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Will Apple’s stance on DRM affect Canadian law?

The world is abuzz this morning that the minor demons of the recording industry have kissed Steve Job’s ring, agreeing to scrap DRM on iTunes downloads.  As Michael Geist said: “this decision continues to shift away from the failed strategy of locks and levies, though the industry is still vigorously promoting anti-circumvention laws to protect the very locks that are becoming less and less relevant”.

So when will our own government admit that the copyright “reforms” they are proposing are outmoded, and no longer required?

{ 2 comments… add one }

  • CT January 8, 2009, 12:46 pm

    What are your views on creators protecting software? Are locks reasonable? relevant?

  • Alec January 8, 2009, 3:20 pm

    I think software is a different beast, and one needs to look at the software and the use case for it. Server software really should be licensed to a specific device while end user software may be usable on multiple devices.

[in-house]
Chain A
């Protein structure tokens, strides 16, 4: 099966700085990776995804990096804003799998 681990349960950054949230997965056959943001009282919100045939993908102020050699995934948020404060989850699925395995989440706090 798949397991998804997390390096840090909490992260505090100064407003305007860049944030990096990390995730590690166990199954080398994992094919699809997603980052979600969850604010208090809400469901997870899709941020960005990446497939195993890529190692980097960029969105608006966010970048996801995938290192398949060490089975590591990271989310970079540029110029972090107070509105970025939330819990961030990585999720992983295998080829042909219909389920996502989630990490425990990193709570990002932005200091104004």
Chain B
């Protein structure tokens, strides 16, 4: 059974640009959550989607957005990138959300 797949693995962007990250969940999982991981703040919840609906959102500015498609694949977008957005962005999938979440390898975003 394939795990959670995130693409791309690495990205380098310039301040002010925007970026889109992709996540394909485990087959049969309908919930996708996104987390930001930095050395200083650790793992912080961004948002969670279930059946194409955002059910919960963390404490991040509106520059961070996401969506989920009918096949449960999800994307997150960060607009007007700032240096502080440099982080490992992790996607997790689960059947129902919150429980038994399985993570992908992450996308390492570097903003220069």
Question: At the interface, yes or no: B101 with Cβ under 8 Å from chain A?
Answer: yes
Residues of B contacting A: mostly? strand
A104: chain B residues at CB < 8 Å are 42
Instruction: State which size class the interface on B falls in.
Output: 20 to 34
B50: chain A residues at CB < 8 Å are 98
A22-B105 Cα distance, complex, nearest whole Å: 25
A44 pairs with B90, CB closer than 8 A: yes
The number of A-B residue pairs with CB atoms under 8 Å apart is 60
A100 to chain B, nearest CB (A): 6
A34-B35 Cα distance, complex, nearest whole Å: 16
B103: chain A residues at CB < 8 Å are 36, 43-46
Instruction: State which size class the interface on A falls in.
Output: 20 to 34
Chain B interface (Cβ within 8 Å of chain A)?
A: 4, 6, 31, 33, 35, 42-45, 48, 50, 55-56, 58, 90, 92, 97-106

The nature of software is that it is installed on a device, and usually movable from one device to another, and licensing terms are flexible enough in most cases to accommodate that. Not only that, but a particular piece of software can often be replaced by a similar piece. If you don't like the licensing terms on one, go find one with terms more suited to your tastes.

    In short, I don't have many objections to reasonable rights management on software. It doesn't impact me. It took the software industry more than a decade to figure this out, and the entertainment industry is making all the same mistakes.

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